Student at the University of Mons
The Irish crisis started in 2007 when the housing bubble burst. In the previous eleven years, houses became four times more expensive and, eventually, property prices were bound to fall. Property developers loaned intensively from Irish banks, but since the developer’s properties systematically lost their value after 2007, the loans soon became worthless to the banks. This was one of the causes of the Irish financial crisis. Other causes included the reluctance of banks all over the world to lend to each other, and the sub-prime mortgage crisis that came from the United States (US).
Ireland was particularly hit because of its close economic relationship with the US. Soon, the Irish government had to rescue the banks that were running out of cash. But by doing so, the state became heavily indebted, resulting in too high interest rates paid on its debt. In November 2010, assistance from the EU and the IMF was requested and obtained. In return for a package of €85bn, Ireland had to clean up its financial sector and take painful budgetary measures.
Alarming articles about the economic crisis in southern Europe regularly fill the pages of European newspapers. However, two years after the rescue package was agreed, Ireland is perceived as an exception. It is the first country with such a package that has already returned to the financial markets for financing a part of its debt, instead of relying on the EU-IMF funding. The public deficit respected the target indicated in the rescue package. Labour costs are steadily decreasing and the public debt looks as if it has reached its tipping point at 120 percent of GDP, as indicated by the European Commission’s latest forecast.
The interest paid on its long-term debt has decreased from 12.45 percent in July 2011 to 7 percent less than a year later. Normally, Ireland should be able to finance all of its debt by lending on the markets from 2015, according to the European Commission. The youth unemployment rate for 15 to 24 year-olds was 38.7 percent in 2011, still a good 10 percent under the youth unemployment rates of Greece and Spain. *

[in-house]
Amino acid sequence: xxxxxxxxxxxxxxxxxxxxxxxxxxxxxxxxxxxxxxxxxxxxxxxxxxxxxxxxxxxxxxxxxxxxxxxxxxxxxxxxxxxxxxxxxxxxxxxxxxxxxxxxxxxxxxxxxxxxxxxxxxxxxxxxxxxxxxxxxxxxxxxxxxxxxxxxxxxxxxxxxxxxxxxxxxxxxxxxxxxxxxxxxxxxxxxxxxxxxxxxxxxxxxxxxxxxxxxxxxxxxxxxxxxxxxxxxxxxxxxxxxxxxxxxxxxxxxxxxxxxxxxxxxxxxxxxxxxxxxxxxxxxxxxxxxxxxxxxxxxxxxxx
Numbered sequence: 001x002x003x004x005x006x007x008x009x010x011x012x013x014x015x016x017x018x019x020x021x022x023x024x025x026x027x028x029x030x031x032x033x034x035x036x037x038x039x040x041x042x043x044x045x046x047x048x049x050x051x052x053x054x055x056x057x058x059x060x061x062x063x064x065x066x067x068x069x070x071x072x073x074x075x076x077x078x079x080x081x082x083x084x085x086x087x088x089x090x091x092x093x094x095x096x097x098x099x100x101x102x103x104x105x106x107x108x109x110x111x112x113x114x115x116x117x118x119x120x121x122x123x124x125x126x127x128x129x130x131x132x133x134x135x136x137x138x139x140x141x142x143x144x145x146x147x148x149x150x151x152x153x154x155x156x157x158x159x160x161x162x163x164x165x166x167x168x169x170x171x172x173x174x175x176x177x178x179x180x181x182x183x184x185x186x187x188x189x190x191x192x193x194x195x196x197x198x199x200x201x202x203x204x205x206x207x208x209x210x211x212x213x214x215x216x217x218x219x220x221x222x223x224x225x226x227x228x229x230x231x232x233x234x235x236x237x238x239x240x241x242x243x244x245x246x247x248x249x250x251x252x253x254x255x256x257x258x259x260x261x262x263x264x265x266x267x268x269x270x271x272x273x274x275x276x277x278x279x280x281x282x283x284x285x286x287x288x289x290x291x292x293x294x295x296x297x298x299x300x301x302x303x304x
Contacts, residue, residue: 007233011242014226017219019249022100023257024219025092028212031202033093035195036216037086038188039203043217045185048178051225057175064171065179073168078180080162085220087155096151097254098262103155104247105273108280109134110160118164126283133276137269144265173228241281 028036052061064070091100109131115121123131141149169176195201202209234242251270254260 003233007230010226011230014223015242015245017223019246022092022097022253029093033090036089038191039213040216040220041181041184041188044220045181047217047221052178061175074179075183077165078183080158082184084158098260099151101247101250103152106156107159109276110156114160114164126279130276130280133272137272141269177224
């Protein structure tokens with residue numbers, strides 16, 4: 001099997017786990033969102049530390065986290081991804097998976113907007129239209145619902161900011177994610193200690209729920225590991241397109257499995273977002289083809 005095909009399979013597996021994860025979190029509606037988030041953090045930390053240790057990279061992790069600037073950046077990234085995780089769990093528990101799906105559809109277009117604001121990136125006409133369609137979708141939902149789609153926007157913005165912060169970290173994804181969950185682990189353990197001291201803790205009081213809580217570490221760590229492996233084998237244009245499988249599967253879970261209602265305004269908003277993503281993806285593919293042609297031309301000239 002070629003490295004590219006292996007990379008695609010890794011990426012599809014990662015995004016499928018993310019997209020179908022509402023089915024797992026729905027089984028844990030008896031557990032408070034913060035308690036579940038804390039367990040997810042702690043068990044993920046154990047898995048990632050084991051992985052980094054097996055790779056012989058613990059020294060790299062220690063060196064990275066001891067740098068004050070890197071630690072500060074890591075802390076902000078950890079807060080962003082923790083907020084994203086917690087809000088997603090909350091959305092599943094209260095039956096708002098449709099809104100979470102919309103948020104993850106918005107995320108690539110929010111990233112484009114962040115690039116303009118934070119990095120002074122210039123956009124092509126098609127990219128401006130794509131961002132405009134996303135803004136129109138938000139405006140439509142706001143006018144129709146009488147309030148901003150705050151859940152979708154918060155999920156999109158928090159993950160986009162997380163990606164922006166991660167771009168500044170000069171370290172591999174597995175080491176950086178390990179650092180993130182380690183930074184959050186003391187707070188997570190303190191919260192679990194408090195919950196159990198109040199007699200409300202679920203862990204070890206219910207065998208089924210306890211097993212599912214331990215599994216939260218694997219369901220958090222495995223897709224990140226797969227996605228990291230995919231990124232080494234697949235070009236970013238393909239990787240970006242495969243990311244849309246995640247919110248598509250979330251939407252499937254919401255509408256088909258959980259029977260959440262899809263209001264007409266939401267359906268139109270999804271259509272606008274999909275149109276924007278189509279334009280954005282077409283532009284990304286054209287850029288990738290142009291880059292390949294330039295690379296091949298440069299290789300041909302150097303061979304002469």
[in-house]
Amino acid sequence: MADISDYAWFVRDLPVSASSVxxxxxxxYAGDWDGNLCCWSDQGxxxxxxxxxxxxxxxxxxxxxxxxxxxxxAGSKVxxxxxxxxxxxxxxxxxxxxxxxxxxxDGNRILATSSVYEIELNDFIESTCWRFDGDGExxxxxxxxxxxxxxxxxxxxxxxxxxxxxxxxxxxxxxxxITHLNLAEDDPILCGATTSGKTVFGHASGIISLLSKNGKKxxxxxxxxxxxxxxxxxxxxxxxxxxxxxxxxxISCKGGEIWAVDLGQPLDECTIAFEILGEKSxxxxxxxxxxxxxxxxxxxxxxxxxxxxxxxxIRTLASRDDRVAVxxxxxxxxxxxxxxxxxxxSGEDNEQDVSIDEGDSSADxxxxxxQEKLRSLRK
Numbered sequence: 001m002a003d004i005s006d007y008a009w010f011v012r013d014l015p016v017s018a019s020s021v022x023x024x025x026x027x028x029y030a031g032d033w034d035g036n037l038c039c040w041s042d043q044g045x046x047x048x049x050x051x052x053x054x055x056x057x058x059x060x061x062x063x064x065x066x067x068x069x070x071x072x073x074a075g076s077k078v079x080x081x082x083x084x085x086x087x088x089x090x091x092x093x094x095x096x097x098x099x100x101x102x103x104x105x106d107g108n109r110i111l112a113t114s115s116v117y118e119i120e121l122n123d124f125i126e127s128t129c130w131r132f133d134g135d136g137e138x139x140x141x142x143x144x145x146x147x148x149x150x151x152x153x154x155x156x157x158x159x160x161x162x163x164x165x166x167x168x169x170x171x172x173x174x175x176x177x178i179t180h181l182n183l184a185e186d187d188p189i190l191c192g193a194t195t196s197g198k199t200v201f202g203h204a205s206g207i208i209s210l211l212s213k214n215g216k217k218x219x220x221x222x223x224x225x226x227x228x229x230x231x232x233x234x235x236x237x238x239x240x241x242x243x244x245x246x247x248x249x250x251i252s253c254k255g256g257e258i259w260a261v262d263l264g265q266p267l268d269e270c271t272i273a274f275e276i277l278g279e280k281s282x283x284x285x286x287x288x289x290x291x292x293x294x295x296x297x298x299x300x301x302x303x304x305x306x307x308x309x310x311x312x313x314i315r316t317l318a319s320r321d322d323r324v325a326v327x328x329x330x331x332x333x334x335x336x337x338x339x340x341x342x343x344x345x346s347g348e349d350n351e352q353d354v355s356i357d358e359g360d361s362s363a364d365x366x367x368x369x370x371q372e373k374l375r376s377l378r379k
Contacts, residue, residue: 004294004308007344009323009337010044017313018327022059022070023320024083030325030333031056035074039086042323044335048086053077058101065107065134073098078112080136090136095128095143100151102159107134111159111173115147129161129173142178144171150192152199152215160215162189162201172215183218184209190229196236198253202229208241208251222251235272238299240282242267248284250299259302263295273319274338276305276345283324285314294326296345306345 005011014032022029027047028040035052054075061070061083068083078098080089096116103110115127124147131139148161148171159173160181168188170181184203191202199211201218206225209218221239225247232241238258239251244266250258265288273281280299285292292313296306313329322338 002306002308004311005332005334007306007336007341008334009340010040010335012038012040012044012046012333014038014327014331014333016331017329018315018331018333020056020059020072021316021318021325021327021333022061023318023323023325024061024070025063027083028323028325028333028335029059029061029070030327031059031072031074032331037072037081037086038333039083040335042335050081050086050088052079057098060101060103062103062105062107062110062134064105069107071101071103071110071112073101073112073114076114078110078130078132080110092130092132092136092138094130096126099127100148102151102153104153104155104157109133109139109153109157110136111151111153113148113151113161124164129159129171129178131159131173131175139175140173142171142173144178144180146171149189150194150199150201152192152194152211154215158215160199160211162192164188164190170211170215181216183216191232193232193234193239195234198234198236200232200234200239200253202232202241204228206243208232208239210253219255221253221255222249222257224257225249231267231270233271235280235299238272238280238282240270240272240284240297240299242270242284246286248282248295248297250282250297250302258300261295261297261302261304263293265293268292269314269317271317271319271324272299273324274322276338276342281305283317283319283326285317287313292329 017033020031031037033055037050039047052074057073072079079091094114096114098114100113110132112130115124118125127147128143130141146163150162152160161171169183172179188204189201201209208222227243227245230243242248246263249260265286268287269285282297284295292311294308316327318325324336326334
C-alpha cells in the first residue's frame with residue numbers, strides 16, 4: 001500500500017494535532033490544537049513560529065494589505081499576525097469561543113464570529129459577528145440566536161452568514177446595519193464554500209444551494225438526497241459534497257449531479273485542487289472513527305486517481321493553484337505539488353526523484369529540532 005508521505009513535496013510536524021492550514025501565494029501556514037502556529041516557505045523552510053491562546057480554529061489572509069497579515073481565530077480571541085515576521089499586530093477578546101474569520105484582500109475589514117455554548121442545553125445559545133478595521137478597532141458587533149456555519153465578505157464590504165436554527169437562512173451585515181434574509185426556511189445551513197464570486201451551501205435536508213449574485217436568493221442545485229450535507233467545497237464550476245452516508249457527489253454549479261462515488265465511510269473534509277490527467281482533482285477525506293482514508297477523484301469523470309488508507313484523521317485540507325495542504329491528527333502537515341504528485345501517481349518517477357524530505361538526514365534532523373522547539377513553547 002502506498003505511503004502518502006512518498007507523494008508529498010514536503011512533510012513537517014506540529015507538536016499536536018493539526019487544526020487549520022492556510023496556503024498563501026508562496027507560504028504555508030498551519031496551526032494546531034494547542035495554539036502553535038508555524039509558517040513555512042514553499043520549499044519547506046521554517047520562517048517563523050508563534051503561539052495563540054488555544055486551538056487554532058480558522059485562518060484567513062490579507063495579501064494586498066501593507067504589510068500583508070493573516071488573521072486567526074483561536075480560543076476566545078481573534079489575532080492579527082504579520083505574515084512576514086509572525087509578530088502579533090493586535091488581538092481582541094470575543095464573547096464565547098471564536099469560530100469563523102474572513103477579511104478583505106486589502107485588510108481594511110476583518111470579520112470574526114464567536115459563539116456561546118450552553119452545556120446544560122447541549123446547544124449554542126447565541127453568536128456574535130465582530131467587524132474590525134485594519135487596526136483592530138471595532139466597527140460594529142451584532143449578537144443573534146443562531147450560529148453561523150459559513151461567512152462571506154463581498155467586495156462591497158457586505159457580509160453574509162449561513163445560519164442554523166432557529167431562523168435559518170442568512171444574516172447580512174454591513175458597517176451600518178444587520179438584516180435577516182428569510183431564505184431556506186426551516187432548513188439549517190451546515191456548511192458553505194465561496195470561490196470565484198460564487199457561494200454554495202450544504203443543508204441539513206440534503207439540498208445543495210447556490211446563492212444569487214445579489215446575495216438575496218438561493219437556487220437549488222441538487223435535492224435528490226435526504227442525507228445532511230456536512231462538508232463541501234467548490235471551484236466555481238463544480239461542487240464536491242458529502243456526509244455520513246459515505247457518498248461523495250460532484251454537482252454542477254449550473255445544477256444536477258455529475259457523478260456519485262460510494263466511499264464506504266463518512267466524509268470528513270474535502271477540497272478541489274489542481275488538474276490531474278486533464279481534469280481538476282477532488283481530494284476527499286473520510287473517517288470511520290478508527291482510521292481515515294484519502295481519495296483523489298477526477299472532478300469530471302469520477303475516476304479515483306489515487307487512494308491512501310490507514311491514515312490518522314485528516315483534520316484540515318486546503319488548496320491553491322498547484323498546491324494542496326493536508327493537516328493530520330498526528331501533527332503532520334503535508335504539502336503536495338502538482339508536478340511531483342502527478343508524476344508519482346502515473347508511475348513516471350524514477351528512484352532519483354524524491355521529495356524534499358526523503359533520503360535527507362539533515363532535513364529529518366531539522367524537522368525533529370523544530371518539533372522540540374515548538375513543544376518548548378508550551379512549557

Despite those promising evolutions, the crisis is not over yet. The Irish public deficit remains the largest of the eurozone countries. The economic state of Ireland’s trading partners, vital for its open economy, is not encouraging. Moreover, a recession is looming. According to data from the CSO, the Irish economy shrank 1.1 percent in the first quarter of 2012, figure which highly contrast with GDP growth in the nineties. In some of those years, Ireland reached more than 10 percent growth. But unlike two decades ago, Ireland cannot count on EU structural funds anymore. Currency devaluations to increase its competitiveness are impossible due to the participation in the eurozone. Ireland’s personal and corporate taxes are still very low and cannot be lowered due to EU pressure. The population at working age is in decline. Many Irish are emigrating, while Ireland is receiving fewer migrants. So the question of where Ireland will obtain its economic growth remains open.
Although some economic indicators are less worrying than earlier, Ireland’s economy remains fragile. In the midst of the recovery, the silence of the Irish is remarkable. Some 100, 000 protesters gathered in Dublin after the IMF-EU plan was approved, but since then social peace seems to have returned. It highly contrasts with the daily demonstrations on the Syntagma Square in Athens, which saw cases of self-immolation. None of that in Ireland.
The Irish even voted in favour of stronger control on the fiscal discipline in a referendum on 31 May 2012, when they had the chance to approve or refuse the so-called “European Six-pack.” The result was a positive sign, but the low turnout might have indicated apathy and disapproval as well. What is for sure is that the years of impressive growth are not coming back in the near future. Thre is a need for cultural adaptation to this new reality.